Fathers + Sons = Baseball

Fathers + Sons = Baseball

June 18, 2023 0 By Dan Freedman

Today is Father’s Day, which is always a frantic holiday for me as my daughters typically leave for camp this weekend, my sisters live in different directions, and it is nearly impossible to make sure every dad in the family has his day.

Last year on Father’s Day, I flew to Chicago and took in a game with my youngest. It was such a pleasure, but also twinged with guilt, as I wasn’t with the rest of my kids or my dad. If I had my druthers, we all would have been at Wrigley that day.

For context, and as you might recall, towards the end of the classic film Field of Dreams, the reclusive author Terence Mann, played by the grizzled and wizened James Earl Jones, says to Kevin Costner’s Ray Kinsella: “The one constant through all the years, Ray, has been baseball.”

I work in the movie business and deal with writers, directors, and actors all the time. And for my money, for my life, never have truer words been uttered on-screen.

You see, through all my years, baseball has been the one constant. It is my bedrock and my north star, my hobby, and my obsession. But, more importantly, baseball is – if not the foundation, then at least – the backbone upon which my relationships with my father and with my son have been forged and have flourished.

One of my first memories – from around 1977 – is standing in an empty Fenway Park in Boston. Our family was in town to visit more family, and my dad slipped a security guard a finsky to let us into the ballpark hours before that night’s game.

My father, a trained and sometimes paid photographer – a man who would gladly leave home without an American Express card, but not without his camera – found himself alone with his son in one of the nation’s most hallowed stadiums, without his extra photographic appendage!

In the days before cell phones (with cameras) were in every pocket, we had no way to document that moment. To this day, there is no proof that it happened (my kids say “pix or it didn’t happen”). But it most certainly did.

What could have been…alone in America’s most beloved ballpark

I have dined out on this story for years – especially in contrast to our children, who don’t leave their bedrooms without documenting every step on social media. But since we have no actual evidence of the day, and since memories are an imperfect beast, it is impossible to know all of the details. Which begs the question, does it matter?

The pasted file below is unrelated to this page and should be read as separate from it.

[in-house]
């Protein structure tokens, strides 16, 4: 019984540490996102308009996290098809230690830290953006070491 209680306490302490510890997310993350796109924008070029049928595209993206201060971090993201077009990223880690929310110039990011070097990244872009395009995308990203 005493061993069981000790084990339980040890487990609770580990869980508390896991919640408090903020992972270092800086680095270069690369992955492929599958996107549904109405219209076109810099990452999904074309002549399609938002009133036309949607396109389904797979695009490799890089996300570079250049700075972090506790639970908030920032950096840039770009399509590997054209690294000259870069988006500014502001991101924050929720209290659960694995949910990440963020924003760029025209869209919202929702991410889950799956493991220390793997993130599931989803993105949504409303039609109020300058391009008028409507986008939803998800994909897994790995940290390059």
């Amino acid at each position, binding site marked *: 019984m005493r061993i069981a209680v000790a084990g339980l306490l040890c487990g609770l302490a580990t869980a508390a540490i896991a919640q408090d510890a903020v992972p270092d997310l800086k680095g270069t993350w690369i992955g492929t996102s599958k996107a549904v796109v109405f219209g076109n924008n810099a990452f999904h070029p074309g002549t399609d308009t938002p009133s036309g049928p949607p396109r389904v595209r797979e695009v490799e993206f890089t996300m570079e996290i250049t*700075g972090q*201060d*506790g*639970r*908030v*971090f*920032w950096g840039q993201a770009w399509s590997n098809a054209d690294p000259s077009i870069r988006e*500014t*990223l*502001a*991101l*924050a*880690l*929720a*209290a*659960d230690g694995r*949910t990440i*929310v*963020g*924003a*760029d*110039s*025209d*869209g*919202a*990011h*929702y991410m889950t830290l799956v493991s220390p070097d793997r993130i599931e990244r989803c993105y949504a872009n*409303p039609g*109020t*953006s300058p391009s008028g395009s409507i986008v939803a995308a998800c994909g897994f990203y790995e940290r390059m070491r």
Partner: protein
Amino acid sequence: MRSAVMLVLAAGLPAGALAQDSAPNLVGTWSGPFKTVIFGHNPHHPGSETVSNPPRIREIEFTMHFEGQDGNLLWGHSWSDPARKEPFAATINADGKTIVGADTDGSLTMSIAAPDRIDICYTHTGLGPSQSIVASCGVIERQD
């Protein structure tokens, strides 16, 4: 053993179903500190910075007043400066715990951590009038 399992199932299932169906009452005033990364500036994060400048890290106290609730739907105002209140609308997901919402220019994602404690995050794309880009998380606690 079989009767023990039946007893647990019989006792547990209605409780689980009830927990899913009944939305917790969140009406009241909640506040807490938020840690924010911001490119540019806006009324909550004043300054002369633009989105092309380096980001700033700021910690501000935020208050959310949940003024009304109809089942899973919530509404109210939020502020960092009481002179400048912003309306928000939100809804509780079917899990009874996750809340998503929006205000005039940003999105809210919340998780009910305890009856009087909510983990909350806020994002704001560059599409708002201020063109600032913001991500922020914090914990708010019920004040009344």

The story, my memory, are foundational to me. They are a moment I shared with my father, in a ballpark, more than 40 years ago. Truth – to the extent there is just one or to the extent it has been bent by the ravages of time – is secondary, at best.

And now that I find myself solidly into my sixth decade, with my father strongly – in not a bit more slowly – into his ninth, with my son sprinting through his third, baseball seems to have taken on even greater importance in our collective lives. The sheer number of games we have watched together – on television, in the stands, or on our respective couches texting back and forth – is innumerable. Baseball is our lingua franca. Baseball is our shared love.

My grandfather – that stout man of few words but an iron will – taught my father about baseball, with a brief pit stop at stickball. My father, in turn, taught me the game, refusing to make an analogous pit stop at t-ball. So, upon having a son of my own, I felt it a familial obligation to teach him the game.

Truth be told, he took to it – as both a player and as a fan – considerably more quickly than his forefathers. So now we have three generations who adore the game, who argue about the game, who are fanatical about the game. And who love nothing more than being together, at the game.

A few years back I was fortunate enough to bring my father to his first World Series. The man had lived 77 years, but never attended the Fall Classic. It was Game 3 of the 2018 edition, and we got there early to take in all the pomp and circumstance. Little did we know that we would still be sitting in our seats more than nine hours later. My dad, loving every minute, joked that he got two games in one. We were rooting for the Red Sox, but couldn’t help but cheer when Max Muncy won the game for the Dodgers with a home run in the bottom of the 18th inning.